Already in this first story the unity of construction and of tone, the masterly suggestion of the supernatural, the preservation of suspense, and the handling of the climax — many of the great Poe qualities — these are in “Metzengerstein.” Where before had a boy of twenty-two showed his ability in marshalling the resources of the English language to depict such a scene of terror as closes the career of Baron Metzengerstein? [page 193:]

The career of the horseman was, indisputably on his own part, uncontrollable. The agony of his countenance, the convulsive struggling of his frame gave evidence of superhuman exertion; but no sound, save a solitary shriek, escaped from his lacerated lips, which were bitten through and through, in the intensity of terror. One instant, and the clattering of hoofs resounded sharply, and shrilly, above the roaring of the flames, and the shrieking of the winds — another, and clearing, at a single plunge, the gateway, and the moat, the animal bounded, with its rider, far up the tottering staircase of the palace, and was lost in the whirlwind of hissing, and chaotic fire.

“Metzengerstein” may be an allegory and the lesson that evil may become so powerful that the human soul who has given way to it has lost the power to resist, may be drawn from the hapless rider chained to the wild steed. But Poe does not suggest this moral. Poe made several changes in “Metzengerstein” in its various republications. Baron Frederick is fifteen in the Courier, eighteen in the Messenger, fifteen once more in the Tales of the Grotesque and Arabesque, and finally eighteen. The passage describing Lady Mary’s death from consumption, including the sentences “It is a path I have prayed to follow. I would wish all I love to perish of that gentle disease” was preserved as far as the edition of 1840, and afterwards omitted. But the important qualities were all present in 1831. The best way to appreciate them is to compare Poe’s use of the Gothic material with Walpole’s absurd treatment in the Castle of Otranto, which has been suggested as its source.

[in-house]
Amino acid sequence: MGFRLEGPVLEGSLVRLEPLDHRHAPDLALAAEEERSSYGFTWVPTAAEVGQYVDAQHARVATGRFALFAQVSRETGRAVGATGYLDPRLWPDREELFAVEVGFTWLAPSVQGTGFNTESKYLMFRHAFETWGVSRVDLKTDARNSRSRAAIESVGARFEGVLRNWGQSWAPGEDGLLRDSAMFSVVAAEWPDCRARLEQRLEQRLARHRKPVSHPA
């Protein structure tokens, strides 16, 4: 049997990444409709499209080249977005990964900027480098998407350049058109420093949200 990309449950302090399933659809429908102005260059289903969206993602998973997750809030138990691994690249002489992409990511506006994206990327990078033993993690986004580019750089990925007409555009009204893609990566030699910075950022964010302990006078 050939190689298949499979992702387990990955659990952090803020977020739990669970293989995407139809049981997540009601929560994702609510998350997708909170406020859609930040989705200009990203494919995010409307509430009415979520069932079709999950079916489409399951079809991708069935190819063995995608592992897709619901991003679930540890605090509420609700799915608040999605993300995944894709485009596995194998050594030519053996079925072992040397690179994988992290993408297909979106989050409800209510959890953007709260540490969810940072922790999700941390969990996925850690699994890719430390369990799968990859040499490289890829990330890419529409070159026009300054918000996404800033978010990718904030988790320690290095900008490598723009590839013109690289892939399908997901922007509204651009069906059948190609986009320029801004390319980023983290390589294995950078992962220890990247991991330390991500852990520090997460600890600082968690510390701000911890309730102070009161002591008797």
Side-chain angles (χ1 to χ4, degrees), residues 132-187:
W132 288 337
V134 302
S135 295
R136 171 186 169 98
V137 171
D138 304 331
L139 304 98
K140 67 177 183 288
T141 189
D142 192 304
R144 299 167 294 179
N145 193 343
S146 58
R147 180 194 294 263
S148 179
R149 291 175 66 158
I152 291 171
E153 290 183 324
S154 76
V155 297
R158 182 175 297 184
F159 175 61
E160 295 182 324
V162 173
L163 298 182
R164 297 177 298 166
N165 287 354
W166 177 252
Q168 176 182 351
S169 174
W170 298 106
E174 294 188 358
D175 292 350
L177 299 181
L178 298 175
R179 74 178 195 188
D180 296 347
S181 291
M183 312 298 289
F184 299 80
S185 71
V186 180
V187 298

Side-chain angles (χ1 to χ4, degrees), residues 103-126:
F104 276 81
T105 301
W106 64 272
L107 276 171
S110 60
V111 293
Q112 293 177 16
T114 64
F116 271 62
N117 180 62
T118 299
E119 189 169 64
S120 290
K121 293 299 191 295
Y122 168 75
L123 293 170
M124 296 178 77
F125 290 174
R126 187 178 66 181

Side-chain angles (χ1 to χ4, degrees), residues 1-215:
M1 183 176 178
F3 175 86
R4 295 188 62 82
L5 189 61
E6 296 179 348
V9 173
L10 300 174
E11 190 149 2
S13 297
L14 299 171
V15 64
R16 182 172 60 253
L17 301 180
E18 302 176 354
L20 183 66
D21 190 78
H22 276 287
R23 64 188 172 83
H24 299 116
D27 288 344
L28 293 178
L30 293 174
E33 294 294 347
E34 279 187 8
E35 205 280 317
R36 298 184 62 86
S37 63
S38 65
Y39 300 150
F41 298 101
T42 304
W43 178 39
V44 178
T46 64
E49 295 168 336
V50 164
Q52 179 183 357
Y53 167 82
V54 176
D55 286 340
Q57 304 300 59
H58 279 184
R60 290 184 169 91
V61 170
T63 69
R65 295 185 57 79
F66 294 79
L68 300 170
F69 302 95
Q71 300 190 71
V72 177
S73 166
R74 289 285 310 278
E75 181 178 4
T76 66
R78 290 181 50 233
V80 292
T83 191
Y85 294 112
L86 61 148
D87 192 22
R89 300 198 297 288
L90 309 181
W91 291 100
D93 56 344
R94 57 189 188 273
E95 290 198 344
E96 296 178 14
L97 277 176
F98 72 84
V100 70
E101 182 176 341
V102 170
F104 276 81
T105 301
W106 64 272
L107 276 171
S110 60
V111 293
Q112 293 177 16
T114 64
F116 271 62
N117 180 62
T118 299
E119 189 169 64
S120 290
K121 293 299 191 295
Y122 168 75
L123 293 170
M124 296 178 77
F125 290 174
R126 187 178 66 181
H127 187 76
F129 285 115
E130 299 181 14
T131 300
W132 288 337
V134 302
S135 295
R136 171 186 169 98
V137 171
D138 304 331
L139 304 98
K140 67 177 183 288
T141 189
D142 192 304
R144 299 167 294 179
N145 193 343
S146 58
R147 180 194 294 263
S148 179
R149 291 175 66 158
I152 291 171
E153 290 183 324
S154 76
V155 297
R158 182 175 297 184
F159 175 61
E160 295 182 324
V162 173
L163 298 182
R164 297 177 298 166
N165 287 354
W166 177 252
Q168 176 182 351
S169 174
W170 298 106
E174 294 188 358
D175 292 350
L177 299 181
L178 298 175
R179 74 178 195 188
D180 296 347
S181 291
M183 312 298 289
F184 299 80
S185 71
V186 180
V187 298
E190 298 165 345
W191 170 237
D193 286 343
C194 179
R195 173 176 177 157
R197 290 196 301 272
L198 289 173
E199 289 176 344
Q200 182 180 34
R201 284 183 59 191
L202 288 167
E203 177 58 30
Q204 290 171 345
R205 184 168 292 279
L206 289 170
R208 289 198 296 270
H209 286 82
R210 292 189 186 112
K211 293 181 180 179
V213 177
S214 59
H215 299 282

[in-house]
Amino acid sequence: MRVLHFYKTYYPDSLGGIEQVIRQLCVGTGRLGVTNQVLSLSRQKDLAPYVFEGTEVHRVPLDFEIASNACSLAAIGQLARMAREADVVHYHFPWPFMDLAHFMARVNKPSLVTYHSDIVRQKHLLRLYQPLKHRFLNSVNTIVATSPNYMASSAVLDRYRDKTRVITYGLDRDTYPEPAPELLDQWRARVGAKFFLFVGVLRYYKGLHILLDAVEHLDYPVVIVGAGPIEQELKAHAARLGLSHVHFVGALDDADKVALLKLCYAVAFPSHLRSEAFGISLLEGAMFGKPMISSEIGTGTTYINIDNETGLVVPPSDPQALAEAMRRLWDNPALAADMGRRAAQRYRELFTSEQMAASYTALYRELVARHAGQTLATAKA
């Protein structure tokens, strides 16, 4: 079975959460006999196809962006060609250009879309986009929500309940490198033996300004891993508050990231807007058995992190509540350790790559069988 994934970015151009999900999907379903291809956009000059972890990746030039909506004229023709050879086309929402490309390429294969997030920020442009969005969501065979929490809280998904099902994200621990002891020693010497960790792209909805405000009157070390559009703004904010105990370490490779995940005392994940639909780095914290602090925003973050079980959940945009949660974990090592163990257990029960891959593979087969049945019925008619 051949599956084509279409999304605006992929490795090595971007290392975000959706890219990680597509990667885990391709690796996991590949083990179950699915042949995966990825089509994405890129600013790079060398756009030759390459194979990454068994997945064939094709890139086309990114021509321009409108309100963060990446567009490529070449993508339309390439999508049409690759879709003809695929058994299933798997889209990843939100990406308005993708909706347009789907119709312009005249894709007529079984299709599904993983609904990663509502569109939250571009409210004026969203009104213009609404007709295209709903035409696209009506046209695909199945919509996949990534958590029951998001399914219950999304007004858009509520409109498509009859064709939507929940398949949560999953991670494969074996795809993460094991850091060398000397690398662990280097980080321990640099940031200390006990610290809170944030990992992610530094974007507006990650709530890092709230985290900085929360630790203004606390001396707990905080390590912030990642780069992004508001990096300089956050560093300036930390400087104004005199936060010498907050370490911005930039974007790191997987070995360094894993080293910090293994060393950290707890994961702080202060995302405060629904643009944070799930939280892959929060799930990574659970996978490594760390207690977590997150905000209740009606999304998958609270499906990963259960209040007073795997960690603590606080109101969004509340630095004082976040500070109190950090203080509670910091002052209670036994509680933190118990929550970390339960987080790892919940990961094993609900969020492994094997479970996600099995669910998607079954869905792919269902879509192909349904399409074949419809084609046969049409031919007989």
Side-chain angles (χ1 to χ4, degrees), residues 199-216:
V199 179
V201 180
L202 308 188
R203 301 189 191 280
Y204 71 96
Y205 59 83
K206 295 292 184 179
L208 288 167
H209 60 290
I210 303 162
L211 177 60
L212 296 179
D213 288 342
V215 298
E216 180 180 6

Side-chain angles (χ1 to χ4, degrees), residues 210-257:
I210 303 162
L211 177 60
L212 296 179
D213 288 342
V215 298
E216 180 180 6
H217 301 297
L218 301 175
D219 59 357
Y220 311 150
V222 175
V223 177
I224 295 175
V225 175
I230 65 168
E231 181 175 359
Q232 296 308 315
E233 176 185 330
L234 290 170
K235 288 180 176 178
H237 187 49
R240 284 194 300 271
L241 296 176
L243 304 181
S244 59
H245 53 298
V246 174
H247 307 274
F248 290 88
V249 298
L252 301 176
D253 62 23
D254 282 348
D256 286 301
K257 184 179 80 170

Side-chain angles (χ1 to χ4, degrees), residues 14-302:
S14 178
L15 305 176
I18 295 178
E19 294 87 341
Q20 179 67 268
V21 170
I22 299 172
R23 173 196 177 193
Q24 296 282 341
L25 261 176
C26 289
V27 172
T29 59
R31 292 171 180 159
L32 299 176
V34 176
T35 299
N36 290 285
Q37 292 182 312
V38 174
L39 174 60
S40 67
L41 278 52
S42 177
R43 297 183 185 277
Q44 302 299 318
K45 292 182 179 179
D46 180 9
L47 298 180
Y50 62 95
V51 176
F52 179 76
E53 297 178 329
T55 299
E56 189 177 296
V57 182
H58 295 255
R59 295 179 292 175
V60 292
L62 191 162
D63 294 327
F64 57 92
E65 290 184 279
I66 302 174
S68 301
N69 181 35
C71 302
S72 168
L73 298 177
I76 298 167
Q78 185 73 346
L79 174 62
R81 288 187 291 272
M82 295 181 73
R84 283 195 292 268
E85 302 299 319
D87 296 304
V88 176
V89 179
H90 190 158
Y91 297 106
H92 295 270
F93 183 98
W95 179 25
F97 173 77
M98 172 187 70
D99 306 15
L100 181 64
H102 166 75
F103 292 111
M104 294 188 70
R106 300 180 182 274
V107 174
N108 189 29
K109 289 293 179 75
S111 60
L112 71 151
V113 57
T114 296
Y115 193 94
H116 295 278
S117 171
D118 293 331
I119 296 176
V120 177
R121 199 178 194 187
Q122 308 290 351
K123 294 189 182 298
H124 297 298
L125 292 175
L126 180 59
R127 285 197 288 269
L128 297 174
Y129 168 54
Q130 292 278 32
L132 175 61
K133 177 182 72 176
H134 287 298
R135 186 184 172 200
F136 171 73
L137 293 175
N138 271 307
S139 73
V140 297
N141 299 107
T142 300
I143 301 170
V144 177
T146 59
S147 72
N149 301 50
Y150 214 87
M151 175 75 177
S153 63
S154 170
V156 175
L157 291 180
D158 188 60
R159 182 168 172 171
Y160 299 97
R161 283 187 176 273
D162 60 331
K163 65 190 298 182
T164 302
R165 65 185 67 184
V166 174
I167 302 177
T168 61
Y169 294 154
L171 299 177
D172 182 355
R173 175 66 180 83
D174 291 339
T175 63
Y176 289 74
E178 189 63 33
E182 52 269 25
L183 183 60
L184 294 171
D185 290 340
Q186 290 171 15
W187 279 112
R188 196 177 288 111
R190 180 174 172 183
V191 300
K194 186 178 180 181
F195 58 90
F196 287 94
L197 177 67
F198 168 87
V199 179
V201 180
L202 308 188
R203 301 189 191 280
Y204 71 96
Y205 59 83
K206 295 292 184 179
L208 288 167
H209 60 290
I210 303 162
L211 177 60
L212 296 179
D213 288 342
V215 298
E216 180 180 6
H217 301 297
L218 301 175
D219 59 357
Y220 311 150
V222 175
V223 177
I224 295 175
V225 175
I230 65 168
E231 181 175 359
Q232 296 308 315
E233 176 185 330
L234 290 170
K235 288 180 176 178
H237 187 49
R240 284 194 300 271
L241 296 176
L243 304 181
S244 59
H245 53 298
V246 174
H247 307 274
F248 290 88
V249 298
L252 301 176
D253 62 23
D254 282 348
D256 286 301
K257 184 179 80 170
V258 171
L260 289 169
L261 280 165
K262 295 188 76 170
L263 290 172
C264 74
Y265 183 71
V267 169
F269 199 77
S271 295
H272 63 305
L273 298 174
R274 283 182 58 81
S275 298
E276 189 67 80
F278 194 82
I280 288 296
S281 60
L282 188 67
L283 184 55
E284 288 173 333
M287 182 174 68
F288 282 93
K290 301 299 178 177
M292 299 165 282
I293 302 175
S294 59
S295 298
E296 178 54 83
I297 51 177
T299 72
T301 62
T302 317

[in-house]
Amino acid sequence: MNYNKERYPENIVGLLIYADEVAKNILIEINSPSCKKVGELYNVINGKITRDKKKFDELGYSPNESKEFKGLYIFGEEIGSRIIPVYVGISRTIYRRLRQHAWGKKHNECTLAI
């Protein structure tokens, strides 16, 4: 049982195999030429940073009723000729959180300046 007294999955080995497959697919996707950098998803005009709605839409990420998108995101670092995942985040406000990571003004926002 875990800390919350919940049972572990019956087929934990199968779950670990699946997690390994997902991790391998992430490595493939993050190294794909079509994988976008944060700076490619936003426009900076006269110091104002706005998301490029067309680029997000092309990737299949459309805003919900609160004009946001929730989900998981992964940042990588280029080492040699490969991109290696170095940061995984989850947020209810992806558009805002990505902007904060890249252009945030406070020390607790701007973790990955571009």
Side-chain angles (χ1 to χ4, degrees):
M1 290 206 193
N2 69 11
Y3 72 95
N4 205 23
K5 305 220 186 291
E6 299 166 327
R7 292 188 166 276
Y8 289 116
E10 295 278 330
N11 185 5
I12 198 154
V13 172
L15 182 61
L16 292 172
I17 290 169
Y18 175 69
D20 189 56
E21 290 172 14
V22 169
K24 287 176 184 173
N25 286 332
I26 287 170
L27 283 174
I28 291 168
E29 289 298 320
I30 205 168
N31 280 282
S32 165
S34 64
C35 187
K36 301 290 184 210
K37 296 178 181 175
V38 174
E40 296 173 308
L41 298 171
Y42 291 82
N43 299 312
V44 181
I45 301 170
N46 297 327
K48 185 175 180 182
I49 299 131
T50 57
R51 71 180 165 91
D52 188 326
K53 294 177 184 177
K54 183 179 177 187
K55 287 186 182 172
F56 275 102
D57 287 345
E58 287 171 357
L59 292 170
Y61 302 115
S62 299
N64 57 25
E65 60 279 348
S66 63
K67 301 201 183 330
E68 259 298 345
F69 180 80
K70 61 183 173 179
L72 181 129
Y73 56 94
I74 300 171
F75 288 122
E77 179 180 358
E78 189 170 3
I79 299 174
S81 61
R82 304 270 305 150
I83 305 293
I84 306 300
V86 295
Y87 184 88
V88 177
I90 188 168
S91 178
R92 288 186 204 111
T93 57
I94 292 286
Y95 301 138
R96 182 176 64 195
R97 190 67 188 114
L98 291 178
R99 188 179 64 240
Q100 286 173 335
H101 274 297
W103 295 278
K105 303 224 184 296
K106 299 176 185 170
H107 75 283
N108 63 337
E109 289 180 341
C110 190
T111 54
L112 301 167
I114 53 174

In his fiction, as well as in his poetry, Poe published early. Nearly five years his senior, Hawthorne, after suppressing his novel, Fanshawe, had found a place for his first published short story about a year before “Metzengerstein” appeared. “The Hollow of the Three Hills”(17) has also the combination of the supernatural and the study of the effect of sin upon the soul.

Poe’s other stories published in the Courier have a distinct flavor, not only of irony, but even of burlesque. Compared with “Metzengerstein,” “The Duke de L’Omelette” and “A Tale of Jerusalem” are trifles, deliberate imitations of the style of popular stories or novels. “A Tale of Jerusalem” is a burlesque of one episode in Horace Smith’s Zillah, A Tale of the Holy City.(18) “A Decided Loss” has some more [page 194:] interest on account of Poe’s references to contemporary literature. The narrator who has “lost his breath” in vilifying his wife finds that he can be heard if he limits himself to guttural sounds, and he memorizes the “tragedies of Metamora and Miantonimoh” since the hero of each speaks in a monotonous, low tone. Poe could not have studied the plays, since neither was published, but his comments show that he had seen them, which indicates his early interest in the stage.(19) He speaks sarcastically of John H. Hewitt, soon to be his rival in the Visiter contest, who had reviewed Al Aaraaf in no very complimentary terms. When the story reappeared as “Loss of Breath” in the Messenger, Poe added a long description of the sensations of a man being hanged, which is not badly done, and he peppered the story with literary references.